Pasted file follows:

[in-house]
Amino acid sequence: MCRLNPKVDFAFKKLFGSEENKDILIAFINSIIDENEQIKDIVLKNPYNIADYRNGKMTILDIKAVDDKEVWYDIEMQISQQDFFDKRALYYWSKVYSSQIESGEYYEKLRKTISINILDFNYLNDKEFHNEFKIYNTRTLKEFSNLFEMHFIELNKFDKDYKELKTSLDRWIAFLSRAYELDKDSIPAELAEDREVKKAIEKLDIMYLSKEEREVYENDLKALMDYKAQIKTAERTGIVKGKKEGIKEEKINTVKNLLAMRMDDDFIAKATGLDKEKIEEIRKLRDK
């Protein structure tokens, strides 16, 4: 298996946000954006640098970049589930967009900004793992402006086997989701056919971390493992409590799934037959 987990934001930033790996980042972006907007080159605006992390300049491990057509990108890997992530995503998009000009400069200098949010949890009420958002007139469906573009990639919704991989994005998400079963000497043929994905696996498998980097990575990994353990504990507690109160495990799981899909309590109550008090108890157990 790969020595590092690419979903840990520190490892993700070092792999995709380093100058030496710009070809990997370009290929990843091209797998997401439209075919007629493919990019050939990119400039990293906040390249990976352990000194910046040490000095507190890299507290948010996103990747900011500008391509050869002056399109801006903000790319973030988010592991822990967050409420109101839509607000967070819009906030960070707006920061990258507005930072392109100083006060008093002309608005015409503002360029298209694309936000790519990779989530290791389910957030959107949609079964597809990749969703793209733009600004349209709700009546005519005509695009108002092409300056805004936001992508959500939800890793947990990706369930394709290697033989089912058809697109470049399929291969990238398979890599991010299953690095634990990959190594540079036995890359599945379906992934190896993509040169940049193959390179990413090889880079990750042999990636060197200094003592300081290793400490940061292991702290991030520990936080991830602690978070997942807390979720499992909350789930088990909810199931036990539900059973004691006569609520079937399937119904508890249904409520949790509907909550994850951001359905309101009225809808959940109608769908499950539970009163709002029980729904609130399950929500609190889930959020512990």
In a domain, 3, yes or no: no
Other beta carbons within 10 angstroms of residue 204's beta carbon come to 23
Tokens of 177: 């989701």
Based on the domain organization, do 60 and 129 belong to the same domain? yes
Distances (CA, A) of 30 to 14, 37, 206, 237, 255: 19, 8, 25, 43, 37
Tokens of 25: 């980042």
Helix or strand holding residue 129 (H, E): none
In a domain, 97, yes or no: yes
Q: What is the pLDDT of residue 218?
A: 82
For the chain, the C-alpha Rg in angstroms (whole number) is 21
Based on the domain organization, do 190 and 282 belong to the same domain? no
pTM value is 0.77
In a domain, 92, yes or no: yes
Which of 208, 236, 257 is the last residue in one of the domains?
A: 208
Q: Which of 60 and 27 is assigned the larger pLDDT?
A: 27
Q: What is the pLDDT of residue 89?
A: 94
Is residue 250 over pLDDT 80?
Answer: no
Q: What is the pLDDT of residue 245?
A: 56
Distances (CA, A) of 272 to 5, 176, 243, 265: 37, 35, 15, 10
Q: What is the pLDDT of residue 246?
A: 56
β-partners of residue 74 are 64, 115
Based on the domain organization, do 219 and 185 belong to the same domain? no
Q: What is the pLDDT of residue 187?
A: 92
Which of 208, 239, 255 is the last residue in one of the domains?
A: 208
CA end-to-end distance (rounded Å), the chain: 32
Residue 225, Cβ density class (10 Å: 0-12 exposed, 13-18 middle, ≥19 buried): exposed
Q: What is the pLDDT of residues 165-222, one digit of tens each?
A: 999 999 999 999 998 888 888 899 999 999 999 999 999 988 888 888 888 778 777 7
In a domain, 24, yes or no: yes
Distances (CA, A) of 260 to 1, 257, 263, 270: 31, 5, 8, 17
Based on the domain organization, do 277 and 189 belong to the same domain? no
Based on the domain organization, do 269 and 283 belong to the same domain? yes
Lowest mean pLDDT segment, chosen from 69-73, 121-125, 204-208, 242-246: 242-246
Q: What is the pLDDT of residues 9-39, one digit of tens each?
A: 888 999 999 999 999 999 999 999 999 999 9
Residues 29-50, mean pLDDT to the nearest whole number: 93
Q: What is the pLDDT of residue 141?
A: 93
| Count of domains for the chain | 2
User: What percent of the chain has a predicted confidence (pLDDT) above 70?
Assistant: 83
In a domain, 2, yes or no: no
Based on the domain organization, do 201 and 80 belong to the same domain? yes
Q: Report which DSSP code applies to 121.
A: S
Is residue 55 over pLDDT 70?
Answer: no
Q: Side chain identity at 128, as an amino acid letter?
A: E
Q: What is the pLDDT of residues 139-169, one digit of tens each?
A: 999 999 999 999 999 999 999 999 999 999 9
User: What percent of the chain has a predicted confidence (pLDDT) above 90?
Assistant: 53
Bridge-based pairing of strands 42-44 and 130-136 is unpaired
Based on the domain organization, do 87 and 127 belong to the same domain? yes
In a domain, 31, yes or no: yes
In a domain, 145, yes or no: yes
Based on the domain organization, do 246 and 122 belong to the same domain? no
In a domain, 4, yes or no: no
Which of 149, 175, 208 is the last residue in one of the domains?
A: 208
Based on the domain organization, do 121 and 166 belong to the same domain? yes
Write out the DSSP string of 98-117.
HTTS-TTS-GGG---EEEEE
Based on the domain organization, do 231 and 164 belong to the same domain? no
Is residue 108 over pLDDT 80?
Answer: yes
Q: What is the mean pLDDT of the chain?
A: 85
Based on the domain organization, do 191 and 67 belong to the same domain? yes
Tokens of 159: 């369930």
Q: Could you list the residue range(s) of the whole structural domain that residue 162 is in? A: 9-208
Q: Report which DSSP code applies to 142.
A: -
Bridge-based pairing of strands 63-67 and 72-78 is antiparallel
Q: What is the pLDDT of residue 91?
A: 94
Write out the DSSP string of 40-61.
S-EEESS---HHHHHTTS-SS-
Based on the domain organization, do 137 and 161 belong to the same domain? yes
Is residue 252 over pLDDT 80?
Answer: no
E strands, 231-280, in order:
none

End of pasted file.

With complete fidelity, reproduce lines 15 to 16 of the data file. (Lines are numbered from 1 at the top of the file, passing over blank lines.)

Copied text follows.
Based on the domain organization, do 190 and 282 belong to the same domain? no
pTM value is 0.77